Carving It Old School


Right up the highway sits the biggest and best resort on the planet. We’re spoiled rotten to have Whistler-where they spent $6 million this summer just to upgrade one gondola, where the roundhouse is packed at noon with skiers griping about having to take the Peak T-Bar to access knee-deep powder, and where no one under 30 knows what a handle tow is.

But to really appreciate those amazingly nice new gondola cabins, you need to appreciate what a tow feels like. That’s why, for at least one day this season, you’ll pack away your Whistler/Blackcomb pass and head back to a time before high-speed quads, quinoa power bars, and the idea that a ski hill could actually be 8,191 acres.

Westfalia, and not just because the on-hill bar is called Coal Oil Johnny’s. It’s because a few years back, a troika of deep-pocketed Calgarians bought the place, and though locals feared the worst-swank condos, golf courses, high-speed quads – instead they bought one used lift, slapped it onto the hill’s untouched backside, and thus accomplished the unthinkable: doubling the resort’s awesomeness by keeping it real. They even kept the handle tow.

This community-owned spot on northern Vancouver Island is an acrophobic’s dream. Your skis are firmly planted in the snow as you ascend; you’re only airborne if you hit some sick jumps. That means there’s no respite for your legs, so the age demographic skews more toward those who use the word “sick” a lot. It also works well for agoraphobics – a busy Saturday in January might see 200 people, so juxtapose that with the hill’s legendary powder dumps and you have the best skier-to-snow ratio of any resort in Canada. Be warned: the locals like to keep this place secret (the last Tweet they sent was on April 4, 2012), so rolling up in a shiny white Range Rover would not be the wise play.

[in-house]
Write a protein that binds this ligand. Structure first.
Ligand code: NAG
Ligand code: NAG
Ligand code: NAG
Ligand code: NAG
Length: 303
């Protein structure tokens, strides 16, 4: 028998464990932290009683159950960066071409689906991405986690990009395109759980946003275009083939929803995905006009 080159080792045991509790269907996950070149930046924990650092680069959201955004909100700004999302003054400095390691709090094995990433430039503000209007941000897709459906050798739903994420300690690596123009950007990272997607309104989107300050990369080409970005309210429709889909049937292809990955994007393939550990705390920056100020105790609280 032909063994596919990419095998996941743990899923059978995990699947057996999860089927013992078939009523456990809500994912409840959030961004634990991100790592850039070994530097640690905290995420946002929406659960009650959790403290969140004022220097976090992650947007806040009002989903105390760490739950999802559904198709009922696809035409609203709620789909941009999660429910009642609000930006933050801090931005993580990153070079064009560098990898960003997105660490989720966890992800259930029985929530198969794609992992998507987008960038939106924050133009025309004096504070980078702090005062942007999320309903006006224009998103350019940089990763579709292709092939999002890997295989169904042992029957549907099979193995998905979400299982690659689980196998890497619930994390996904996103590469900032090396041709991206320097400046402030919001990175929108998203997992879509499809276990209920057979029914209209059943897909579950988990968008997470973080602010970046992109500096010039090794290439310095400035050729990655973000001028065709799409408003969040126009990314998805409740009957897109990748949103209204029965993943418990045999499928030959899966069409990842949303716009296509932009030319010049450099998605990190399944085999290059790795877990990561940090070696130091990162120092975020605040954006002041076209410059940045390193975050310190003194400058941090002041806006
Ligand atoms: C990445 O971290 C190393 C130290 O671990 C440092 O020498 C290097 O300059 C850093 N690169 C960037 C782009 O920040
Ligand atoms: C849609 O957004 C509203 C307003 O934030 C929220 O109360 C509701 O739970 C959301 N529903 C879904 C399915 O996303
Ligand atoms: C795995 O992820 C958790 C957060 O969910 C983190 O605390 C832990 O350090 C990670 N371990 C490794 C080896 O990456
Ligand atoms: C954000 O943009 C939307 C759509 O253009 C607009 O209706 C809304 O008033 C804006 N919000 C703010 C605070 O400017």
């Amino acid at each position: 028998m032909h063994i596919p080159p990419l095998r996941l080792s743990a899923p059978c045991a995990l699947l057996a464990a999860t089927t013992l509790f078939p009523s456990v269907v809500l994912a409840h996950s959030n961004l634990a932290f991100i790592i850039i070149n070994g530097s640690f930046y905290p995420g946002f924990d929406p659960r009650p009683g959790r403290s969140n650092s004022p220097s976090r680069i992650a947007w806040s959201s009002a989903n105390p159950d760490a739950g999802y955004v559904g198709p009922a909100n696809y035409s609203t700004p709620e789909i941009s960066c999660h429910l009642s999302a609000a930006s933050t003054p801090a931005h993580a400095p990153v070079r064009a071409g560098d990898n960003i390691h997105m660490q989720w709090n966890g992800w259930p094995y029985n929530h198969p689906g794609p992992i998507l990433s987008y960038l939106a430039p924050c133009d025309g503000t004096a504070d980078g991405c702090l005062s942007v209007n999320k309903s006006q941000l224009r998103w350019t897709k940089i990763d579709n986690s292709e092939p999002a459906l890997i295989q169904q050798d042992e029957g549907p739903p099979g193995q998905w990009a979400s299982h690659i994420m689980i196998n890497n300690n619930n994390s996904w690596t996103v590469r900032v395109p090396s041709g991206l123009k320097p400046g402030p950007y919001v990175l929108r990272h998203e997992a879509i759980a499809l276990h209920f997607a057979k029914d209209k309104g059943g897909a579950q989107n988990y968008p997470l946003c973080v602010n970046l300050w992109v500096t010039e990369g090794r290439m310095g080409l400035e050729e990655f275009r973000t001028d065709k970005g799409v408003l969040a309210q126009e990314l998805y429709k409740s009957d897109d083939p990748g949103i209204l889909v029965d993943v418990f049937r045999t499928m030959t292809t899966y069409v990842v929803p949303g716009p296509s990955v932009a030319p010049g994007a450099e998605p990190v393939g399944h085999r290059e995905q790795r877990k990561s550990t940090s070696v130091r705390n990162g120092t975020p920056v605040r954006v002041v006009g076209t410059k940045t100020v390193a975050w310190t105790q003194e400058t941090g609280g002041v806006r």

More skiers have spotted Heidi Klum in Whistler Village than have made the trek to this Valhalla of snow. It’s virtually unknown to most Lower Mainland skiers, but mention it to any hard-core freestyler and their reddened eyes light up as if you just told them Animal Collective is playing Chetwynd. Part of the allure stems from plain remoteness: you have to get to Prince George first, and it’s 195 kilometres north from there. But once you arrive, you’ll find more snow than you know what to do with (41 feet on average) nestled on steep runs-and no one you have to share it with. Fresh tracks here run all day. What you won’t find is a bunch of luxe amenities. This is the sort of place where owners Heidi and Jim might greet you personally on any given day, so you’d better like friendly more than fancy.


Skiable acres: 1,184

Equipment: One T-bar, two doubles, a triple

Lift ticket: $69

Distance from Vancouver: 700 km

Closest town: Nelson


Skiable acres: 500

Equipment: Two T-bars, one handle tow

Lift ticket: $47

Distance from Vancouver: 365 km

Closest town: Port McNeill


Skiable acres: 925

Equipment: One handle tow, one T-bar, two double chairs

Lift ticket:$58

Distance from Vancouver: 968 km

Closest town: Mackenzie